See, Jackie Harbaugh loves political science and politics. And as a political science major at Bowling Green with a high grade-point, John Harbaugh seemed headed for law school.

"Jackie was so excited about it," Jack Harbaugh said.

But both of the Harbaugh boys had been bitten by the coaching bug early. The practice fields at Iowa and Michigan were their playground, and they knew more about coaching before they got out of grade school than some veteran assistants.

"He came home one day and we're sitting around the table and we're having dinner. Jackie says, 'John, what law school will it be?' John said, 'Mom, I think I want to try coaching,' Jack Harbaugh said. "To which Jackie went facedown into the mashed potatoes. She said, 'What? Coaching? You've got to reconsider!'"

That's not exactly what happened, Jackie Harbaugh said.

"May I tell the truth? There were no mashed potatoes," she said. "When he came home and talked about (coaching) and I saw that look in his eyes, my feeling was, you have to do what you want to do. If you want to try this and see where it takes you, that would be great."

Seems like he made the right choice. After making the playoffs in each of his first four seasons, John Harbaugh has the Baltimore Ravens in the Super Bowl on Sunday, where they'll face his brother Jim's San Francisco 49ers.

— Nancy Armour —



How about some home cookin' in the Big Easy — as in 150 plates of it to feed a football team? That's what Ravens wide receiver Jacoby Jones' mother, Emily, presented the Baltimore players for dinner this week at the team hotel to kick off Super Bowl prep New Orleans-style.

"Gumbo, jambalaya, potato salad, bread pudding, macaroni, the whole nine yards. She made 150 plates," Jones said. "All they kept saying is she put her foot in it. I love it."

That's a real compliment around here.

Now, Jones might give his mother a break.

"I'm going to let her be. I might buy me some crawfish or something."

And he knows all the best spots in New Orleans to get it.

— Janie McCauley —



Packers wide receiver Donald Driver has announced his retirement, ending a 14-year career as Green Bay's all-time leader in yards receiving and catches. Only quarterback Brett Favre has played more games in a Packers uniform.

In a team statement, Driver says: "I played my entire career in Green Bay and have always enjoyed a special bond with the fans. ... I can think of no better way to retire than to celebrate with them and the Packers organization."

Driver was slightly less formal on Twitter: "It's been an amazing journey, thank you for all of your love and support! (hash)Packer4Life"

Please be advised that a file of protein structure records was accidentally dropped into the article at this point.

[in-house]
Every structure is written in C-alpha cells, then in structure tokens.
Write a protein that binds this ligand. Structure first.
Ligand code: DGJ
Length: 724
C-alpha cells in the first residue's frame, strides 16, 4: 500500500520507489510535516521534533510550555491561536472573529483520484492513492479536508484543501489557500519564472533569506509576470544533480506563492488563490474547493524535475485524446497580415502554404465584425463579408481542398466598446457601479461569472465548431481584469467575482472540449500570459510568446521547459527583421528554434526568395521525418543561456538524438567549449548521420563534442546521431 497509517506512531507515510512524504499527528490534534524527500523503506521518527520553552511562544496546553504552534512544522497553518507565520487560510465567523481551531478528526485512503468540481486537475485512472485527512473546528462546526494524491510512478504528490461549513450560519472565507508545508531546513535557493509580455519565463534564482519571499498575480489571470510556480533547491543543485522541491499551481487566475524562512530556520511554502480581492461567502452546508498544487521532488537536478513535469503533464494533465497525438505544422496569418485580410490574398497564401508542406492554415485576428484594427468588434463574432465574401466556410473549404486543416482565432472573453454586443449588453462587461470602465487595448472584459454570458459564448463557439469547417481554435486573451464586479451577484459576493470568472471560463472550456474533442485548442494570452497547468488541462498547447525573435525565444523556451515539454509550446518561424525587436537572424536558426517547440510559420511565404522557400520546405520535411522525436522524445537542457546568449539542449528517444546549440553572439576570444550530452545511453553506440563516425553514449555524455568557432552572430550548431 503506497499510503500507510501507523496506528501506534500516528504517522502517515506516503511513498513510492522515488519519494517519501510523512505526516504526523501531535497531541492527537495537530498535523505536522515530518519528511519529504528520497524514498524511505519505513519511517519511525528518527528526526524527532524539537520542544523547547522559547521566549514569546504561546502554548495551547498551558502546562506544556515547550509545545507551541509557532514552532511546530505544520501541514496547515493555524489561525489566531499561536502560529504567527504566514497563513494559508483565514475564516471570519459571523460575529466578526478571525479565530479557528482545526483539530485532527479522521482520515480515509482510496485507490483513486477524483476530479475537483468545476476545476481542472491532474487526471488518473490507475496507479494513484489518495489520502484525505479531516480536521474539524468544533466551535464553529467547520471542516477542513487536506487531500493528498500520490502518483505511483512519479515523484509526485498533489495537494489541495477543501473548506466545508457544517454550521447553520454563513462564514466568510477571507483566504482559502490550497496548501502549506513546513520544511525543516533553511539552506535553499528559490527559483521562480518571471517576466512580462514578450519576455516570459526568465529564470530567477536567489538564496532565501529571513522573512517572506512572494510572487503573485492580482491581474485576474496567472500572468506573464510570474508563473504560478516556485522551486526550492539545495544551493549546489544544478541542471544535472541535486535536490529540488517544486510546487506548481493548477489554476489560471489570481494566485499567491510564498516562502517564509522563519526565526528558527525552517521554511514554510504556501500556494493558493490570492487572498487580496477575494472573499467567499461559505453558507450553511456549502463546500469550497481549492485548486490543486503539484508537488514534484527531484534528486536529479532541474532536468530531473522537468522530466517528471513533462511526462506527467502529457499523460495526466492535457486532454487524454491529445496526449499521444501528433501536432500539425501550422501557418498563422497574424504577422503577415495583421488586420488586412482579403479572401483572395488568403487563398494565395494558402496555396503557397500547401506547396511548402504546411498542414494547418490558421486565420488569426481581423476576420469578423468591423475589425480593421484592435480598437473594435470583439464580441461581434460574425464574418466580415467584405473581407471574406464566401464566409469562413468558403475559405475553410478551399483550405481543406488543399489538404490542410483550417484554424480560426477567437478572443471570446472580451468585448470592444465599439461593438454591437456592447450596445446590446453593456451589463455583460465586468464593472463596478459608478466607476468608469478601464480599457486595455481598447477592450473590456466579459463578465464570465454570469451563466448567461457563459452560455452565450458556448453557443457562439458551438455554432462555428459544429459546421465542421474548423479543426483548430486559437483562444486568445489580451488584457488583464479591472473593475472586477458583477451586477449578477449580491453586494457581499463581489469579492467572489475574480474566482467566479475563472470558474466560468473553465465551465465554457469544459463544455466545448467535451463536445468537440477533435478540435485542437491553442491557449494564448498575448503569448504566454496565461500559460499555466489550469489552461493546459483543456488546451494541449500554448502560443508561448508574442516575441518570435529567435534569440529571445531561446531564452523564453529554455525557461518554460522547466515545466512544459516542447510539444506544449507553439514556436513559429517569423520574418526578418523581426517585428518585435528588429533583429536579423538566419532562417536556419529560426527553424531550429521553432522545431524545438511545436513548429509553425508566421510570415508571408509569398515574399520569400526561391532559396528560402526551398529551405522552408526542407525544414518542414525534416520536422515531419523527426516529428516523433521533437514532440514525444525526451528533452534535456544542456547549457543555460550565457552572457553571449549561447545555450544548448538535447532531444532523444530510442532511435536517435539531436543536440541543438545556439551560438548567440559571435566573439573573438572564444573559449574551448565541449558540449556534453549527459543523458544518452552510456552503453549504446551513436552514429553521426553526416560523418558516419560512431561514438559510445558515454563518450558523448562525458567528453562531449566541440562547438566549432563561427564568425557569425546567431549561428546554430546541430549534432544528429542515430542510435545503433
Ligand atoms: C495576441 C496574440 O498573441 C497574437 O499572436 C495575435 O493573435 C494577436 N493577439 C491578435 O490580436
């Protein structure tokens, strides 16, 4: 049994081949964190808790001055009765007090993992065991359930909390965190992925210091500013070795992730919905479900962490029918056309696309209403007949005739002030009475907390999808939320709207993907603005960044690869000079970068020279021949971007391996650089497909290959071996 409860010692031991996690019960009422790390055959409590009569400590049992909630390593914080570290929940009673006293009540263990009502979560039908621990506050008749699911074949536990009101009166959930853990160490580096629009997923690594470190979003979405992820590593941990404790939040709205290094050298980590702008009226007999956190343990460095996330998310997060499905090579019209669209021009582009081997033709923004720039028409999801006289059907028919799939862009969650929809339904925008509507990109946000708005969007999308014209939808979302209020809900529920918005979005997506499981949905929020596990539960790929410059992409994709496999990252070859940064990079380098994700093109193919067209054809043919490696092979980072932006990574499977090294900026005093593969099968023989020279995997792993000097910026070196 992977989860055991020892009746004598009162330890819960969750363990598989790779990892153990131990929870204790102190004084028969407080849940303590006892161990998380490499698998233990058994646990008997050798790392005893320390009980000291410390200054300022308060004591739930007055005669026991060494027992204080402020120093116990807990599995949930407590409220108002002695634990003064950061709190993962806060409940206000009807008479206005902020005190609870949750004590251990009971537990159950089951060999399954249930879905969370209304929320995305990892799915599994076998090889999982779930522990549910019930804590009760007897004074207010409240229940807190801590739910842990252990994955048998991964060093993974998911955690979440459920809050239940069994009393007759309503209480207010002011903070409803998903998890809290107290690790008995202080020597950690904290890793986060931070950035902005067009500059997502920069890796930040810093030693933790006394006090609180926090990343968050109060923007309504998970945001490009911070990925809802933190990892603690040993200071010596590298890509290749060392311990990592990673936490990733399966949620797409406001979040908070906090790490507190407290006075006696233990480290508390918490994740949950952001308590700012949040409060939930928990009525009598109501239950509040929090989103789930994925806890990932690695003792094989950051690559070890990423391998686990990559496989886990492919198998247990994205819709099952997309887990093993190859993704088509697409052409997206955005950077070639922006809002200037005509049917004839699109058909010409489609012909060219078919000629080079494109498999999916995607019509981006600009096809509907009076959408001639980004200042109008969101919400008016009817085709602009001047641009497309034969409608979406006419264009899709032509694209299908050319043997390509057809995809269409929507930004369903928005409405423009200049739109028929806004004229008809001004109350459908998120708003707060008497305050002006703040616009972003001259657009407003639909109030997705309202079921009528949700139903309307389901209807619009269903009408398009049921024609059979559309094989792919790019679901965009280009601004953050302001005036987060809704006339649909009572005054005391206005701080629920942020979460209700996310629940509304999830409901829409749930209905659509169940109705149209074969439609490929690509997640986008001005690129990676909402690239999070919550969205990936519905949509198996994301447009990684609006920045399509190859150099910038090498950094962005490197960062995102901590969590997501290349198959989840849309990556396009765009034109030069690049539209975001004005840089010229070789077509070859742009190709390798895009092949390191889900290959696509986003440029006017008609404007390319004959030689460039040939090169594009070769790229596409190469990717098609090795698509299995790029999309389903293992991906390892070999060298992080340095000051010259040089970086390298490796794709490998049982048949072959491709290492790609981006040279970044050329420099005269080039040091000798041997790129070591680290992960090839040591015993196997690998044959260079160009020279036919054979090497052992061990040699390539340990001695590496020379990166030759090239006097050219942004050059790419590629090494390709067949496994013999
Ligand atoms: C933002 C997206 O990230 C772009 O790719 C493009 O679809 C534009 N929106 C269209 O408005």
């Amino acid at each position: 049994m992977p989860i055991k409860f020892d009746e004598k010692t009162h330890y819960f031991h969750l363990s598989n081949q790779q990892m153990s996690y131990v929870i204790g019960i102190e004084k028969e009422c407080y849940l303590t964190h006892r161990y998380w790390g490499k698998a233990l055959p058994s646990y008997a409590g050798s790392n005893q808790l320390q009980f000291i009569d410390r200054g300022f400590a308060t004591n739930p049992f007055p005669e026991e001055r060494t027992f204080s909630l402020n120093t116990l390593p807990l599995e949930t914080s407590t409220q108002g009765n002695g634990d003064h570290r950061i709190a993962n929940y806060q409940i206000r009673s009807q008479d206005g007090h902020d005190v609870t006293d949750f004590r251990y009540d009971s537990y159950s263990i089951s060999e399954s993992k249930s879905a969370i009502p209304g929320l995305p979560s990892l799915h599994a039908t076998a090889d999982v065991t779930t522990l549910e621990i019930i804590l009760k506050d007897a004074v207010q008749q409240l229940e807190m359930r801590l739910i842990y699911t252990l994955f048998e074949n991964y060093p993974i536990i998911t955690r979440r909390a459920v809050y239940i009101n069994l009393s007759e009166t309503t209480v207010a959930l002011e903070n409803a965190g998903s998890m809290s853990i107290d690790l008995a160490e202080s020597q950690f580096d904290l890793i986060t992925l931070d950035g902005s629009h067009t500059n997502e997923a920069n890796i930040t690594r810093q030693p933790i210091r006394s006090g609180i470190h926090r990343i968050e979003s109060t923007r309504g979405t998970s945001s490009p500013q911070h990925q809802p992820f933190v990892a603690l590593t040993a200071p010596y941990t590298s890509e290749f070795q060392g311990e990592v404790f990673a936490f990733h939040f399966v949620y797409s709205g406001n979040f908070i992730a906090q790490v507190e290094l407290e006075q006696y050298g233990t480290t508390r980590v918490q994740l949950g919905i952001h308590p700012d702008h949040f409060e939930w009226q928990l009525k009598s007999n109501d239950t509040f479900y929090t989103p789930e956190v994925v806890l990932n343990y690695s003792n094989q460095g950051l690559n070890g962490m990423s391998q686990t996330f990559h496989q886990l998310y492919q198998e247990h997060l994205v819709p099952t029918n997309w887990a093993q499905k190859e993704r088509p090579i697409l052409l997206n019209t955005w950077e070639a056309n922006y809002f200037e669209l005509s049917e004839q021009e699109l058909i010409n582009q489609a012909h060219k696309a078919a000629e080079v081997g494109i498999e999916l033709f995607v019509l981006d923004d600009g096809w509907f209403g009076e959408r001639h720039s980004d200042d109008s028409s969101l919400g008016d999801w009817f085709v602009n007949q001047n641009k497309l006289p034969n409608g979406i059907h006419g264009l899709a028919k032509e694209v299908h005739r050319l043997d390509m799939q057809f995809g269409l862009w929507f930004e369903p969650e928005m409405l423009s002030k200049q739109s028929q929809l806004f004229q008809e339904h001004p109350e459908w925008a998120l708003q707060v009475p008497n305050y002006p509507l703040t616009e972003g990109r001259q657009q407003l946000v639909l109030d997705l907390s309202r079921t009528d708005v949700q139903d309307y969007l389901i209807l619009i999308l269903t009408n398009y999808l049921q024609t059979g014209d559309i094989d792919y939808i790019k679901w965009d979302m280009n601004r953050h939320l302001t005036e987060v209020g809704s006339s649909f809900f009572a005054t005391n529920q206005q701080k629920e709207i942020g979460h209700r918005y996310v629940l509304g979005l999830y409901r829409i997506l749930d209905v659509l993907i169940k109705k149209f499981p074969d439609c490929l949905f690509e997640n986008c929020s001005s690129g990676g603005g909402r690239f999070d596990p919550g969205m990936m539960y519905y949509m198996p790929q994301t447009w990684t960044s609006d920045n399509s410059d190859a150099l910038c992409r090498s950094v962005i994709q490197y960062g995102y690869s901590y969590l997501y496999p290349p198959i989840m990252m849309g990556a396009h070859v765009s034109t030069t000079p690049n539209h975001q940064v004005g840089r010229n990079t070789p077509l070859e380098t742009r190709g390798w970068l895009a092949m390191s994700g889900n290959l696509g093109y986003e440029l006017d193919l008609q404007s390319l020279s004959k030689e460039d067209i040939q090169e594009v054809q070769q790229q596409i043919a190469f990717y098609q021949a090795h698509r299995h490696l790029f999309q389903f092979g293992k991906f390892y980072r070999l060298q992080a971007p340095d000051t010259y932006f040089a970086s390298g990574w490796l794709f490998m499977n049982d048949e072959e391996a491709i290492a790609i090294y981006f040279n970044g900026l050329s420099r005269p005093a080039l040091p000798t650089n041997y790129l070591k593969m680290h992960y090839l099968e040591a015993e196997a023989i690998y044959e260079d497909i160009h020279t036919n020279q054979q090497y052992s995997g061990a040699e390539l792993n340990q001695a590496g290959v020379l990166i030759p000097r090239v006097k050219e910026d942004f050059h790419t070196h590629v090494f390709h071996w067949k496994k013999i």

Driver's key career statistics: 743 receptions, 10,137 yards, 61 touchdowns. He had seven seasons with 1,000 or more receiving yards.

— Nancy Armour —



Ray Lewis is retiring to spend more time with his family. Matt Birk is still playing, in part, because of his.

The Baltimore Ravens center is 36, and he and his wife have six kids. When Birk contemplated retiring after last season, his family was supportive, knowing they'd have him around a lot more.

Then they saw what that would be like.

"In the offseason, I'll be home for a month or two and they'll be like, 'Isn't it time for you to go back to work?'" Birk said. "I like to try to get involved, and they have a rhythm at home. When we have the re-entry period in the offseason, where I'm home a lot more, there's always a few bumps."

— Nancy Armour —



San Francisco 49ers quarterback Colin Kaepernick set an NFL record for yards rushing by a QB in a playoff game, gaining 181 against Green Bay on Jan. 12.

But don't forget — the kid can throw, too.

Actually, he really zips the ball, showing off a right shoulder honed in part by his days as a baseball pitcher who threw 90 mph and was drafted by the Chicago Cubs.

Maybe throws a football a little bit too hard on occasion.

"I talk to him about a little less mustard all the time. (There's) a lot of velocity on the ball," 49ers tight end Vernon Davis said. "Colin is always in the weight room. If you want to find Colin, go to the weight room."

— Howard Fendrich —



San Francisco 49ers cornerback Chris Culliver is reversing course after saying he wouldn't welcome a gay teammate.

Culliver now says that's "not what's in my heart" and he was "just kidding around."

The cornerback apologized to the city of San Francisco for remarks he made earlier this week to comedian Artie Lange.

— Paul Newberry —


EDITOR'S NOTE — "Super Bowl Watch" shows you the Super Bowl and the events surrounding the game through the eyes of Associated Press journalists across New Orleans and around the world. Follow them on Twitter where available with the handles listed after each item.